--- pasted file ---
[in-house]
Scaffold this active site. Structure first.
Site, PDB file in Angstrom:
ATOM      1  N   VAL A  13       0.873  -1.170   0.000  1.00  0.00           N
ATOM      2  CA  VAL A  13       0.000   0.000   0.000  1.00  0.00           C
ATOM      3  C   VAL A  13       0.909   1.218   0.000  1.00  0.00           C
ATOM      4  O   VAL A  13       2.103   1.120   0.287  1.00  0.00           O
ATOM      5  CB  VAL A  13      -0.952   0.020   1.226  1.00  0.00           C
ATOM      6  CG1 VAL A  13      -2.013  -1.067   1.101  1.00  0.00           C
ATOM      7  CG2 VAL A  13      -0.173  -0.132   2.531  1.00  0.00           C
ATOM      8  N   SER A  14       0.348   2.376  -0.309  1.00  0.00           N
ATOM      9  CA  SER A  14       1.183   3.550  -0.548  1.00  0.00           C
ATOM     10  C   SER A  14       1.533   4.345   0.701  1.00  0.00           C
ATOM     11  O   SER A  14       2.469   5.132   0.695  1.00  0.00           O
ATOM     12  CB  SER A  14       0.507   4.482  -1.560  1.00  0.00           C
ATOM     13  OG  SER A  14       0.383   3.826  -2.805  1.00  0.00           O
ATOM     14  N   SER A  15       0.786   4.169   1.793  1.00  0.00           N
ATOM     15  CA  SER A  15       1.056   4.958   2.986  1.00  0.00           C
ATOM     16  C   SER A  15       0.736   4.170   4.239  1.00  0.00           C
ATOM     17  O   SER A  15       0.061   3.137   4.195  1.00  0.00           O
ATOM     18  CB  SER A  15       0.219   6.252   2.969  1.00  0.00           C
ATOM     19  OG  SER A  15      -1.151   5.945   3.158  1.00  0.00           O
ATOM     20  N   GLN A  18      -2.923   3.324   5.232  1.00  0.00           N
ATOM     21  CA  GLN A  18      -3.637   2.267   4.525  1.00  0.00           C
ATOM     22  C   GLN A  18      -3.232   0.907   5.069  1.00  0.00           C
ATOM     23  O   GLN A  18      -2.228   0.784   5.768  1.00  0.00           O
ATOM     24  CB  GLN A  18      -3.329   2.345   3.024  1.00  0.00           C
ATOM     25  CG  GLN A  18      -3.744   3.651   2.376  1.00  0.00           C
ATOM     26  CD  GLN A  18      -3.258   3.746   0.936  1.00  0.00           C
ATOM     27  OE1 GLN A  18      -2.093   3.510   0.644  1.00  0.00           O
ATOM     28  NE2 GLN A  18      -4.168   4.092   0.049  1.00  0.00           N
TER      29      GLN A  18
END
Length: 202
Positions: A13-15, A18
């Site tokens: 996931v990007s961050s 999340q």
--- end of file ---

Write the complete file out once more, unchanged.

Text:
[in-house]
Scaffold this active site. Structure first.
Site, PDB file in Angstrom:
ATOM      1  N   VAL A  13       0.873  -1.170   0.000  1.00  0.00           N
ATOM      2  CA  VAL A  13       0.000   0.000   0.000  1.00  0.00           C
ATOM      3  C   VAL A  13       0.909   1.218   0.000  1.00  0.00           C
ATOM      4  O   VAL A  13       2.103   1.120   0.287  1.00  0.00           O
ATOM      5  CB  VAL A  13      -0.952   0.020   1.226  1.00  0.00           C
ATOM      6  CG1 VAL A  13      -2.013  -1.067   1.101  1.00  0.00           C
ATOM      7  CG2 VAL A  13      -0.173  -0.132   2.531  1.00  0.00           C
ATOM      8  N   SER A  14       0.348   2.376  -0.309  1.00  0.00           N
ATOM      9  CA  SER A  14       1.183   3.550  -0.548  1.00  0.00           C
ATOM     10  C   SER A  14       1.533   4.345   0.701  1.00  0.00           C
ATOM     11  O   SER A  14       2.469   5.132   0.695  1.00  0.00           O
ATOM     12  CB  SER A  14       0.507   4.482  -1.560  1.00  0.00           C
ATOM     13  OG  SER A  14       0.383   3.826  -2.805  1.00  0.00           O
ATOM     14  N   SER A  15       0.786   4.169   1.793  1.00  0.00           N
ATOM     15  CA  SER A  15       1.056   4.958   2.986  1.00  0.00           C
ATOM     16  C   SER A  15       0.736   4.170   4.239  1.00  0.00           C
ATOM     17  O   SER A  15       0.061   3.137   4.195  1.00  0.00           O
ATOM     18  CB  SER A  15       0.219   6.252   2.969  1.00  0.00           C
ATOM     19  OG  SER A  15      -1.151   5.945   3.158  1.00  0.00           O
ATOM     20  N   GLN A  18      -2.923   3.324   5.232  1.00  0.00           N
ATOM     21  CA  GLN A  18      -3.637   2.267   4.525  1.00  0.00           C
ATOM     22  C   GLN A  18      -3.232   0.907   5.069  1.00  0.00           C
ATOM     23  O   GLN A  18      -2.228   0.784   5.768  1.00  0.00           O
ATOM     24  CB  GLN A  18      -3.329   2.345   3.024  1.00  0.00           C
ATOM     25  CG  GLN A  18      -3.744   3.651   2.376  1.00  0.00           C
ATOM     26  CD  GLN A  18      -3.258   3.746   0.936  1.00  0.00           C
ATOM     27  OE1 GLN A  18      -2.093   3.510   0.644  1.00  0.00           O
ATOM     28  NE2 GLN A  18      -4.168   4.092   0.049  1.00  0.00           N
TER      29      GLN A  18
END
Length: 202
Positions: A13-15, A18
């Site tokens: 996931v990007s961050s 999340q």